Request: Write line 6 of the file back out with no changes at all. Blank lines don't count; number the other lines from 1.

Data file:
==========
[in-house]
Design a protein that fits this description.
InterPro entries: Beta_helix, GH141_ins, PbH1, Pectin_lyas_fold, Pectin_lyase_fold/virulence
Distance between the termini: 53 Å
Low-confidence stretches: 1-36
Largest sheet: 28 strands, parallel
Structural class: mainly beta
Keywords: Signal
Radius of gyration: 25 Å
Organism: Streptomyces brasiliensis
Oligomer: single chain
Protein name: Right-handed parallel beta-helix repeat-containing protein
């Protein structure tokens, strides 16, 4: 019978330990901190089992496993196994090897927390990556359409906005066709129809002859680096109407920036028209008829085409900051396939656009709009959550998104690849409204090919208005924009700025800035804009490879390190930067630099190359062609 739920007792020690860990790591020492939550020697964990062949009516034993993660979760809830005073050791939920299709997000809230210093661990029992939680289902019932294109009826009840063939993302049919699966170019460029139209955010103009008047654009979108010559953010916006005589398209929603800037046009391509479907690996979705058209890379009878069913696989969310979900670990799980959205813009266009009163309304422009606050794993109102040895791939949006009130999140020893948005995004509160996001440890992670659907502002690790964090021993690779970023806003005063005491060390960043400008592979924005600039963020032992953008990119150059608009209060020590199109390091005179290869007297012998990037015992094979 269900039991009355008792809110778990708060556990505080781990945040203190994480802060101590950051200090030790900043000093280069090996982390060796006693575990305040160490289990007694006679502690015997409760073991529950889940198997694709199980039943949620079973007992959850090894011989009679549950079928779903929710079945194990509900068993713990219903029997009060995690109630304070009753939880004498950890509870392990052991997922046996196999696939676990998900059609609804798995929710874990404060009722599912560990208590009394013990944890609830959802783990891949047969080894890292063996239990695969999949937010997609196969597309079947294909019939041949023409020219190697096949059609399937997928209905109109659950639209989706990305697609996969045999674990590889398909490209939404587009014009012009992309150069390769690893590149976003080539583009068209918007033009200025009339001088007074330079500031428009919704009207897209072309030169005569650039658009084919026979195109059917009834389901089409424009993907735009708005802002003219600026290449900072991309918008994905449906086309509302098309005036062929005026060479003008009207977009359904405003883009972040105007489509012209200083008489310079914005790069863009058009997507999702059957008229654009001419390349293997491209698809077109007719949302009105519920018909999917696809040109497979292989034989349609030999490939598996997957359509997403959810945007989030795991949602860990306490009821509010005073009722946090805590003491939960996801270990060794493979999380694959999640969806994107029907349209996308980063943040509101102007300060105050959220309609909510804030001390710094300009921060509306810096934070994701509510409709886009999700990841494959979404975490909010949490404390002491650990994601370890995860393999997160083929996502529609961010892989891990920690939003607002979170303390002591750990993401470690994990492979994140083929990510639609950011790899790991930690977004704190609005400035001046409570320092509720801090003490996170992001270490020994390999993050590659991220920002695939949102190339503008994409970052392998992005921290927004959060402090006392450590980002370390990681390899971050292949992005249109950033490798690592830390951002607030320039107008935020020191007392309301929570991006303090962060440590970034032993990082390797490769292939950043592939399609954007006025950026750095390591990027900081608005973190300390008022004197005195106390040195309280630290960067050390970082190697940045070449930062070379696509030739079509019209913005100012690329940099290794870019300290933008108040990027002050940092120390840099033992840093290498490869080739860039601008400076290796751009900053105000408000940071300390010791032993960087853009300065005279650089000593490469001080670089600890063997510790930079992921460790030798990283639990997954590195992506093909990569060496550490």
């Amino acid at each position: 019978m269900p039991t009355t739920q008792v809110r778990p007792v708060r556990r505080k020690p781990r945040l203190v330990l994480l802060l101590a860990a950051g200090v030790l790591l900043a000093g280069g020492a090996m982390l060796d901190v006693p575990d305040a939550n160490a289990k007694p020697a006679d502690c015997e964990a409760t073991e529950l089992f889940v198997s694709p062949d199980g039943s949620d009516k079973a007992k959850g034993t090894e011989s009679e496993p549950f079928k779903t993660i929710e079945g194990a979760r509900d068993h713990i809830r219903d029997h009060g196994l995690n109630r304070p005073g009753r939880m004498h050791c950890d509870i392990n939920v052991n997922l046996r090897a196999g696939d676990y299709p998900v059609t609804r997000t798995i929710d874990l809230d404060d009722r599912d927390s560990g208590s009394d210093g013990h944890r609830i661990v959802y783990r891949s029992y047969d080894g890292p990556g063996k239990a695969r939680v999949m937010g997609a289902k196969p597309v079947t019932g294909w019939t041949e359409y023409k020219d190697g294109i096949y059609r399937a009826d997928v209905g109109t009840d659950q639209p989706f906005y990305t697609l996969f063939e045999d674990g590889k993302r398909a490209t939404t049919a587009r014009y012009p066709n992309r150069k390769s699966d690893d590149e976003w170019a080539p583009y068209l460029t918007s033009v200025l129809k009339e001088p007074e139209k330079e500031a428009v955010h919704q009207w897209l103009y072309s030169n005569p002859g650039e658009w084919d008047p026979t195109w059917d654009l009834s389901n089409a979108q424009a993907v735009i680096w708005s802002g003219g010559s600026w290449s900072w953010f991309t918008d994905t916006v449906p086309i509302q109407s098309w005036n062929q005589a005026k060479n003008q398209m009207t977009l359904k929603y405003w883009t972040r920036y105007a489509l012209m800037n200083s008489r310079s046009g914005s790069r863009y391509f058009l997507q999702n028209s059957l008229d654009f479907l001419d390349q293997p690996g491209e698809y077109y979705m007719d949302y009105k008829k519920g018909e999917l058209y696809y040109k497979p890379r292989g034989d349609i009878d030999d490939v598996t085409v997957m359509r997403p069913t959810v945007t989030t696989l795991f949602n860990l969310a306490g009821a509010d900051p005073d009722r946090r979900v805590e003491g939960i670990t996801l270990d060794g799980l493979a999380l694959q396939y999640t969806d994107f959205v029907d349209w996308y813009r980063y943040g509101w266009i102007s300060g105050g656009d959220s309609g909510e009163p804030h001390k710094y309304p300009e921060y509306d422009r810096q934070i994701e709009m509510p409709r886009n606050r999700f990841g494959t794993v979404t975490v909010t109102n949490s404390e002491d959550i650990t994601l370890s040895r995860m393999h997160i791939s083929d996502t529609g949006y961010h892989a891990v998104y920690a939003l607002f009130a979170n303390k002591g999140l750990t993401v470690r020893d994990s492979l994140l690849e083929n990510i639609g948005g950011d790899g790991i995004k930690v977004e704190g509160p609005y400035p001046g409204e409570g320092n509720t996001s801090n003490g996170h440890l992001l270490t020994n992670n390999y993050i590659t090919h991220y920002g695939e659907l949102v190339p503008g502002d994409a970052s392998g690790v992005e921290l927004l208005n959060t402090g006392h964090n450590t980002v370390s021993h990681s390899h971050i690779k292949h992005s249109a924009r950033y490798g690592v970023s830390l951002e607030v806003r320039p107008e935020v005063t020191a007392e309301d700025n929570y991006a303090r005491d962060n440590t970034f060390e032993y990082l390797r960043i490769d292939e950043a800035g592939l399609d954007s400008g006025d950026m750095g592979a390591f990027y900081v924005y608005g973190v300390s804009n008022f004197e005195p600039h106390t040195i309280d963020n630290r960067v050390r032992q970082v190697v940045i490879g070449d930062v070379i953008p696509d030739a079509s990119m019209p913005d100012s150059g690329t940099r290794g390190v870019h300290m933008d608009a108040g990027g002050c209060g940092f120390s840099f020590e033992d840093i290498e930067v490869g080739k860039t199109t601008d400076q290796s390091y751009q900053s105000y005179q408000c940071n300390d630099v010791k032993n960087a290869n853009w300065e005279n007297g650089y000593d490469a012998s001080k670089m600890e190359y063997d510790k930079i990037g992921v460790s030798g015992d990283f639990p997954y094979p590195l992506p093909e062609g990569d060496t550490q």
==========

Largest sheet: 28 strands, parallel